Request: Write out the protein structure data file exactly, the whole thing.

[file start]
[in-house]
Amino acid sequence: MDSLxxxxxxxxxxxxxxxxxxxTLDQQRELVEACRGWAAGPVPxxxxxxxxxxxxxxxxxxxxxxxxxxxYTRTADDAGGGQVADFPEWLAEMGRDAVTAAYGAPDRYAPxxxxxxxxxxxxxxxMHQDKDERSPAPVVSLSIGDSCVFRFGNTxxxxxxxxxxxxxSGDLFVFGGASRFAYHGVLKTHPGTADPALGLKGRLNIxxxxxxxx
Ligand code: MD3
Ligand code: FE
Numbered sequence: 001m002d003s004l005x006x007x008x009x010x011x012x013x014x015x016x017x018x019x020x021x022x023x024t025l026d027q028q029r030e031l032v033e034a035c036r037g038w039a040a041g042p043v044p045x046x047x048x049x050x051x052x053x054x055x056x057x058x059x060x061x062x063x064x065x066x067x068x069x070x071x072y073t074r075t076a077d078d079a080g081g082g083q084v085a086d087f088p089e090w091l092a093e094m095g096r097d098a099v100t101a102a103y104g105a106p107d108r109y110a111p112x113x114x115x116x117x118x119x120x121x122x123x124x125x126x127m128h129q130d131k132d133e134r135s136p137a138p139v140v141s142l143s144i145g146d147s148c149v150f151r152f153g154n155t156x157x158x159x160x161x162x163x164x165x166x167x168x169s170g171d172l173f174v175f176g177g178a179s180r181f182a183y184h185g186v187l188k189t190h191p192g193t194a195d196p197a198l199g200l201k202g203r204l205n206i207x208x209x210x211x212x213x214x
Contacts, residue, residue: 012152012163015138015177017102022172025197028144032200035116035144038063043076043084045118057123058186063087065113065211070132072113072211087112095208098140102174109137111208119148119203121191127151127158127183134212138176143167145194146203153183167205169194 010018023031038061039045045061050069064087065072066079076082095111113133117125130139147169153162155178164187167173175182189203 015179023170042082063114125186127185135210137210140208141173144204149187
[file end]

[in-house]
Amino acid sequence: MDSLxxxxxxxxxxxxxxxxxxxTLDQQRELVEACRGWAAGPVPxxxxxxxxxxxxxxxxxxxxxxxxxxxYTRTADDAGGGQVADFPEWLAEMGRDAVTAAYGAPDRYAPxxxxxxxxxxxxxxxMHQDKDERSPAPVVSLSIGDSCVFRFGNTxxxxxxxxxxxxxSGDLFVFGGASRFAYHGVLKTHPGTADPALGLKGRLNIxxxxxxxx
Ligand code: MD3
Ligand code: FE
Numbered sequence: 001m002d003s004l005x006x007x008x009x010x011x012x013x014x015x016x017x018x019x020x021x022x023x024t025l026d027q028q029r030e031l032v033e034a035c036r037g038w039a040a041g042p043v044p045x046x047x048x049x050x051x052x053x054x055x056x057x058x059x060x061x062x063x064x065x066x067x068x069x070x071x072y073t074r075t076a077d078d079a080g081g082g083q084v085a086d087f088p089e090w091l092a093e094m095g096r097d098a099v100t101a102a103y104g105a106p107d108r109y110a111p112x113x114x115x116x117x118x119x120x121x122x123x124x125x126x127m128h129q130d131k132d133e134r135s136p137a138p139v140v141s142l143s144i145g146d147s148c149v150f151r152f153g154n155t156x157x158x159x160x161x162x163x164x165x166x167x168x169s170g171d172l173f174v175f176g177g178a179s180r181f182a183y184h185g186v187l188k189t190h191p192g193t194a195d196p197a198l199g200l201k202g203r204l205n206i207x208x209x210x211x212x213x214x
Contacts, residue, residue: 012152012163015138015177017102022172025197028144032200035116035144038063043076043084045118057123058186063087065113065211070132072113072211087112095208098140102174109137111208119148119203121191127151127158127183134212138176143167145194146203153183167205169194 010018023031038061039045045061050069064087065072066079076082095111113133117125130139147169153162155178164187167173175182189203 015179023170042082063114125186127185135210137210140208141173144204149187